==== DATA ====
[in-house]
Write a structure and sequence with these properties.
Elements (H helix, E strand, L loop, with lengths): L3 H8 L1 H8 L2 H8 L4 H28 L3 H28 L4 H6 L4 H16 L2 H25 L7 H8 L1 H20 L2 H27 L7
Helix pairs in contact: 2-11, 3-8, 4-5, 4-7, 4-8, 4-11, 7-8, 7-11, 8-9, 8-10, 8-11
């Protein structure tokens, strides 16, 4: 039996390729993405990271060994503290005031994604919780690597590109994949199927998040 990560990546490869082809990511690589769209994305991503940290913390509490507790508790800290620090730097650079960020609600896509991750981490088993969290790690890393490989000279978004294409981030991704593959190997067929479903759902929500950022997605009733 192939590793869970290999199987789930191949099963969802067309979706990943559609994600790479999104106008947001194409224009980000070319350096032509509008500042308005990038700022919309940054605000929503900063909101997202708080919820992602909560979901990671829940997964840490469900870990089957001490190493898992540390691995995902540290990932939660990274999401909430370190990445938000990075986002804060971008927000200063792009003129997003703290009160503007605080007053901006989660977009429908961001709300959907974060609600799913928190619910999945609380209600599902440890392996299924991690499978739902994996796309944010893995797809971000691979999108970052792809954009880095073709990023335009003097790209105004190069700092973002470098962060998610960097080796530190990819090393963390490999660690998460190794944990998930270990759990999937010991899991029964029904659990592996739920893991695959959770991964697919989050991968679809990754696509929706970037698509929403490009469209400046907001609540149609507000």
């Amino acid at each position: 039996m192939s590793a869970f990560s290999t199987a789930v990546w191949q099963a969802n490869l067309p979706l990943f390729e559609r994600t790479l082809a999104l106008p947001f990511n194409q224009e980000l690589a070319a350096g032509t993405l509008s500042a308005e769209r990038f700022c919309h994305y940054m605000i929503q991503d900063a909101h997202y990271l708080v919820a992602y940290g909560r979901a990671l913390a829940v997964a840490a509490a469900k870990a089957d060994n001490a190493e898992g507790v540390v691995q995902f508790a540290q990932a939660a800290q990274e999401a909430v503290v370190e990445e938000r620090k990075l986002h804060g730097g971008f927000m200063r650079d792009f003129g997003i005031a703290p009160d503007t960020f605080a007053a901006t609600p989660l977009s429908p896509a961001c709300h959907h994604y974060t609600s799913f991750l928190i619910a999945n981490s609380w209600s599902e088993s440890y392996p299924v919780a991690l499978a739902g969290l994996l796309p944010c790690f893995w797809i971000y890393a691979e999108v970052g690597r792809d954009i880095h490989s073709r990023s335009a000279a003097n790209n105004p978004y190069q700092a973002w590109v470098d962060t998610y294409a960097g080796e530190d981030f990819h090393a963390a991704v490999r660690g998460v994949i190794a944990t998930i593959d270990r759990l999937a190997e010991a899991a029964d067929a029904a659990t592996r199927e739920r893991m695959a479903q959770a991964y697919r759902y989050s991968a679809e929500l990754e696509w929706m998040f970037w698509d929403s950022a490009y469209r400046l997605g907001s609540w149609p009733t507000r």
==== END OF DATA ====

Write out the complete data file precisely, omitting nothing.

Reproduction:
[in-house]
Write a structure and sequence with these properties.
Elements (H helix, E strand, L loop, with lengths): L3 H8 L1 H8 L2 H8 L4 H28 L3 H28 L4 H6 L4 H16 L2 H25 L7 H8 L1 H20 L2 H27 L7
Helix pairs in contact: 2-11, 3-8, 4-5, 4-7, 4-8, 4-11, 7-8, 7-11, 8-9, 8-10, 8-11
């Protein structure tokens, strides 16, 4: 039996390729993405990271060994503290005031994604919780690597590109994949199927998040 990560990546490869082809990511690589769209994305991503940290913390509490507790508790800290620090730097650079960020609600896509991750981490088993969290790690890393490989000279978004294409981030991704593959190997067929479903759902929500950022997605009733 192939590793869970290999199987789930191949099963969802067309979706990943559609994600790479999104106008947001194409224009980000070319350096032509509008500042308005990038700022919309940054605000929503900063909101997202708080919820992602909560979901990671829940997964840490469900870990089957001490190493898992540390691995995902540290990932939660990274999401909430370190990445938000990075986002804060971008927000200063792009003129997003703290009160503007605080007053901006989660977009429908961001709300959907974060609600799913928190619910999945609380209600599902440890392996299924991690499978739902994996796309944010893995797809971000691979999108970052792809954009880095073709990023335009003097790209105004190069700092973002470098962060998610960097080796530190990819090393963390490999660690998460190794944990998930270990759990999937010991899991029964029904659990592996739920893991695959959770991964697919989050991968679809990754696509929706970037698509929403490009469209400046907001609540149609507000």
């Amino acid at each position: 039996m192939s590793a869970f990560s290999t199987a789930v990546w191949q099963a969802n490869l067309p979706l990943f390729e559609r994600t790479l082809a999104l106008p947001f990511n194409q224009e980000l690589a070319a350096g032509t993405l509008s500042a308005e769209r990038f700022c919309h994305y940054m605000i929503q991503d900063a909101h997202y990271l708080v919820a992602y940290g909560r979901a990671l913390a829940v997964a840490a509490a469900k870990a089957d060994n001490a190493e898992g507790v540390v691995q995902f508790a540290q990932a939660a800290q990274e999401a909430v503290v370190e990445e938000r620090k990075l986002h804060g730097g971008f927000m200063r650079d792009f003129g997003i005031a703290p009160d503007t960020f605080a007053a901006t609600p989660l977009s429908p896509a961001c709300h959907h994604y974060t609600s799913f991750l928190i619910a999945n981490s609380w209600s599902e088993s440890y392996p299924v919780a991690l499978a739902g969290l994996l796309p944010c790690f893995w797809i971000y890393a691979e999108v970052g690597r792809d954009i880095h490989s073709r990023s335009a000279a003097n790209n105004p978004y190069q700092a973002w590109v470098d962060t998610y294409a960097g080796e530190d981030f990819h090393a963390a991704v490999r660690g998460v994949i190794a944990t998930i593959d270990r759990l999937a190997e010991a899991a029964d067929a029904a659990t592996r199927e739920r893991m695959a479903q959770a991964y697919r759902y989050s991968a679809e929500l990754e696509w929706m998040f970037w698509d929403s950022a490009y469209r400046l997605g907001s609540w149609p009733t507000r």